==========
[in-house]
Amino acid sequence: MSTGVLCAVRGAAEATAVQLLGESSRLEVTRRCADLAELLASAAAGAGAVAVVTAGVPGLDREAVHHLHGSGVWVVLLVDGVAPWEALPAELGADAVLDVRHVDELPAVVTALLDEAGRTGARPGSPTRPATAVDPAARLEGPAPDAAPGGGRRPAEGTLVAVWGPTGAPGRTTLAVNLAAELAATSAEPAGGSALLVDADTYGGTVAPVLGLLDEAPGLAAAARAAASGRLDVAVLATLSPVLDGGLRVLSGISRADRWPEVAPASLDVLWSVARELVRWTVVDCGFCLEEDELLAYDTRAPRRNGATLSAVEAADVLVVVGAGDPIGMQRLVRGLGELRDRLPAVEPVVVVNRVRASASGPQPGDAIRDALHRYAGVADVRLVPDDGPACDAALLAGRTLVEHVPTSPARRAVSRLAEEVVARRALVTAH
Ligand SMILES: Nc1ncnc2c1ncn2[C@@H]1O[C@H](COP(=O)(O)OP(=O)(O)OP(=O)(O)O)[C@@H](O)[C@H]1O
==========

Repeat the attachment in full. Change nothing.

[in-house]
Amino acid sequence: MSTGVLCAVRGAAEATAVQLLGESSRLEVTRRCADLAELLASAAAGAGAVAVVTAGVPGLDREAVHHLHGSGVWVVLLVDGVAPWEALPAELGADAVLDVRHVDELPAVVTALLDEAGRTGARPGSPTRPATAVDPAARLEGPAPDAAPGGGRRPAEGTLVAVWGPTGAPGRTTLAVNLAAELAATSAEPAGGSALLVDADTYGGTVAPVLGLLDEAPGLAAAARAAASGRLDVAVLATLSPVLDGGLRVLSGISRADRWPEVAPASLDVLWSVARELVRWTVVDCGFCLEEDELLAYDTRAPRRNGATLSAVEAADVLVVVGAGDPIGMQRLVRGLGELRDRLPAVEPVVVVNRVRASASGPQPGDAIRDALHRYAGVADVRLVPDDGPACDAALLAGRTLVEHVPTSPARRAVSRLAEEVVARRALVTAH
Ligand SMILES: Nc1ncnc2c1ncn2[C@@H]1O[C@H](COP(=O)(O)OP(=O)(O)OP(=O)(O)O)[C@@H](O)[C@H]1O